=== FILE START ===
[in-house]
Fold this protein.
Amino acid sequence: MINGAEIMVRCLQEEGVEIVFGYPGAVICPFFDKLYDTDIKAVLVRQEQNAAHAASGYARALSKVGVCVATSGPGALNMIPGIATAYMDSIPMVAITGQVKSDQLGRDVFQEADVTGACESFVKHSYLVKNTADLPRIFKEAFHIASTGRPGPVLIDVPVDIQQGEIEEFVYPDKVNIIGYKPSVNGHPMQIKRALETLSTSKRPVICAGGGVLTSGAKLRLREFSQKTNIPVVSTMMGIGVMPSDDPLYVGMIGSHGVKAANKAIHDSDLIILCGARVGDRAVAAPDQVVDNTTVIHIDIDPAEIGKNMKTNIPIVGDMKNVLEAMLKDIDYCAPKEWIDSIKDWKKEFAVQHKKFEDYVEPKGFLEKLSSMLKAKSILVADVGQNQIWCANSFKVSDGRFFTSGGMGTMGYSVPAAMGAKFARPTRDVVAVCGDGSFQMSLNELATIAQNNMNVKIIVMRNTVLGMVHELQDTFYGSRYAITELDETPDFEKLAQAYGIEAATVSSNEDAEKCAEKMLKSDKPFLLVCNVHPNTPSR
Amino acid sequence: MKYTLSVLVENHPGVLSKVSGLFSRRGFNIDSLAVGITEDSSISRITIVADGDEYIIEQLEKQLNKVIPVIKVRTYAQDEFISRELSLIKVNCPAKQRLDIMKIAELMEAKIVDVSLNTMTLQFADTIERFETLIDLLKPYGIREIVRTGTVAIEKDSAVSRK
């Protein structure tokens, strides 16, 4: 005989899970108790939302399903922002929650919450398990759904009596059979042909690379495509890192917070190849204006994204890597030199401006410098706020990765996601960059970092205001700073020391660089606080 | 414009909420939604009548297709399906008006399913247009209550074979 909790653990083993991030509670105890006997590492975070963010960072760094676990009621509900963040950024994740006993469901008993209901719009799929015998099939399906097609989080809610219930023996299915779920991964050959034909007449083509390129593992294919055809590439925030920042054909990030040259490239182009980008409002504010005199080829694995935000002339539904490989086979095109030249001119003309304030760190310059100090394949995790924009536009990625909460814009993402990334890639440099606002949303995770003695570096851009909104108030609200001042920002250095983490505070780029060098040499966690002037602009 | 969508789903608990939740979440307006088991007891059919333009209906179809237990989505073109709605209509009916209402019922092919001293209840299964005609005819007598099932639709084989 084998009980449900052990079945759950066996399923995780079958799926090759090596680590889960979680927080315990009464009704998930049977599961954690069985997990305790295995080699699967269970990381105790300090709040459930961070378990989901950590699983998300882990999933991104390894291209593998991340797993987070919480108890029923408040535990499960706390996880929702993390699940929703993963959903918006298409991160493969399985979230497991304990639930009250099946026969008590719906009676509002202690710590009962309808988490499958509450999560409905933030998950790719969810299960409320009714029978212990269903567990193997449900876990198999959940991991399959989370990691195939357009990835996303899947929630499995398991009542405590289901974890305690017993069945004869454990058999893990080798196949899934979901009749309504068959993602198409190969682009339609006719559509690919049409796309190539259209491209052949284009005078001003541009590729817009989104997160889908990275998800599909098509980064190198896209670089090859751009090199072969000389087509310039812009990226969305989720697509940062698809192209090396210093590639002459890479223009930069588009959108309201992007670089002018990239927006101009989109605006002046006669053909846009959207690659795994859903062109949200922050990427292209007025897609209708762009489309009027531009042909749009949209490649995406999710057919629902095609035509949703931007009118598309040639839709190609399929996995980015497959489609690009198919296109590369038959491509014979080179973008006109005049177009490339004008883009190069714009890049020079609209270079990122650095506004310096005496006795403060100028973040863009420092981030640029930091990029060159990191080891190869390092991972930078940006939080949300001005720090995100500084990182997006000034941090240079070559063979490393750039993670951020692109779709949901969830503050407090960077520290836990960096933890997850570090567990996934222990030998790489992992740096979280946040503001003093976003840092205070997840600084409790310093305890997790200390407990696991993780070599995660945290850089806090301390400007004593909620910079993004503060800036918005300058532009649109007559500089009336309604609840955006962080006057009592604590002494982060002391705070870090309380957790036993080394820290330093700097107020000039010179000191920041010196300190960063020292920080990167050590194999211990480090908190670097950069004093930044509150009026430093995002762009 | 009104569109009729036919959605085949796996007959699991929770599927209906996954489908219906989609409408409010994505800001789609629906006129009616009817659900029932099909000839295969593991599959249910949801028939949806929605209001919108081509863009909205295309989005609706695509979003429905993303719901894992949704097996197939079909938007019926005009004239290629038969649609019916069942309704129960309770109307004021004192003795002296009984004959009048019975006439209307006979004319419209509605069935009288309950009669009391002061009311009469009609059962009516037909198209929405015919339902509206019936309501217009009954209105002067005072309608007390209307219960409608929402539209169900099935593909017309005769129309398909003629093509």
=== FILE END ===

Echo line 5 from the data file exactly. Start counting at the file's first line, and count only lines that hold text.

């Protein structure tokens, strides 16, 4: 005989899970108790939302399903922002929650919450398990759904009596059979042909690379495509890192917070190849204006994204890597030199401006410098706020990765996601960059970092205001700073020391660089606080 | 414009909420939604009548297709399906008006399913247009209550074979 909790653990083993991030509670105890006997590492975070963010960072760094676990009621509900963040950024994740006993469901008993209901719009799929015998099939399906097609989080809610219930023996299915779920991964050959034909007449083509390129593992294919055809590439925030920042054909990030040259490239182009980008409002504010005199080829694995935000002339539904490989086979095109030249001119003309304030760190310059100090394949995790924009536009990625909460814009993402990334890639440099606002949303995770003695570096851009909104108030609200001042920002250095983490505070780029060098040499966690002037602009 | 969508789903608990939740979440307006088991007891059919333009209906179809237990989505073109709605209509009916209402019922092919001293209840299964005609005819007598099932639709084989 084998009980449900052990079945759950066996399923995780079958799926090759090596680590889960979680927080315990009464009704998930049977599961954690069985997990305790295995080699699967269970990381105790300090709040459930961070378990989901950590699983998300882990999933991104390894291209593998991340797993987070919480108890029923408040535990499960706390996880929702993390699940929703993963959903918006298409991160493969399985979230497991304990639930009250099946026969008590719906009676509002202690710590009962309808988490499958509450999560409905933030998950790719969810299960409320009714029978212990269903567990193997449900876990198999959940991991399959989370990691195939357009990835996303899947929630499995398991009542405590289901974890305690017993069945004869454990058999893990080798196949899934979901009749309504068959993602198409190969682009339609006719559509690919049409796309190539259209491209052949284009005078001003541009590729817009989104997160889908990275998800599909098509980064190198896209670089090859751009090199072969000389087509310039812009990226969305989720697509940062698809192209090396210093590639002459890479223009930069588009959108309201992007670089002018990239927006101009989109605006002046006669053909846009959207690659795994859903062109949200922050990427292209007025897609209708762009489309009027531009042909749009949209490649995406999710057919629902095609035509949703931007009118598309040639839709190609399929996995980015497959489609690009198919296109590369038959491509014979080179973008006109005049177009490339004008883009190069714009890049020079609209270079990122650095506004310096005496006795403060100028973040863009420092981030640029930091990029060159990191080891190869390092991972930078940006939080949300001005720090995100500084990182997006000034941090240079070559063979490393750039993670951020692109779709949901969830503050407090960077520290836990960096933890997850570090567990996934222990030998790489992992740096979280946040503001003093976003840092205070997840600084409790310093305890997790200390407990696991993780070599995660945290850089806090301390400007004593909620910079993004503060800036918005300058532009649109007559500089009336309604609840955006962080006057009592604590002494982060002391705070870090309380957790036993080394820290330093700097107020000039010179000191920041010196300190960063020292920080990167050590194999211990480090908190670097950069004093930044509150009026430093995002762009 | 009104569109009729036919959605085949796996007959699991929770599927209906996954489908219906989609409408409010994505800001789609629906006129009616009817659900029932099909000839295969593991599959249910949801028939949806929605209001919108081509863009909205295309989005609706695509979003429905993303719901894992949704097996197939079909938007019926005009004239290629038969649609019916069942309704129960309770109307004021004192003795002296009984004959009048019975006439209307006979004319419209509605069935009288309950009669009391002061009311009469009609059962009516037909198209929405015919339902509206019936309501217009009954209105002067005072309608007390209307219960409608929402539209169900099935593909017309005769129309398909003629093509």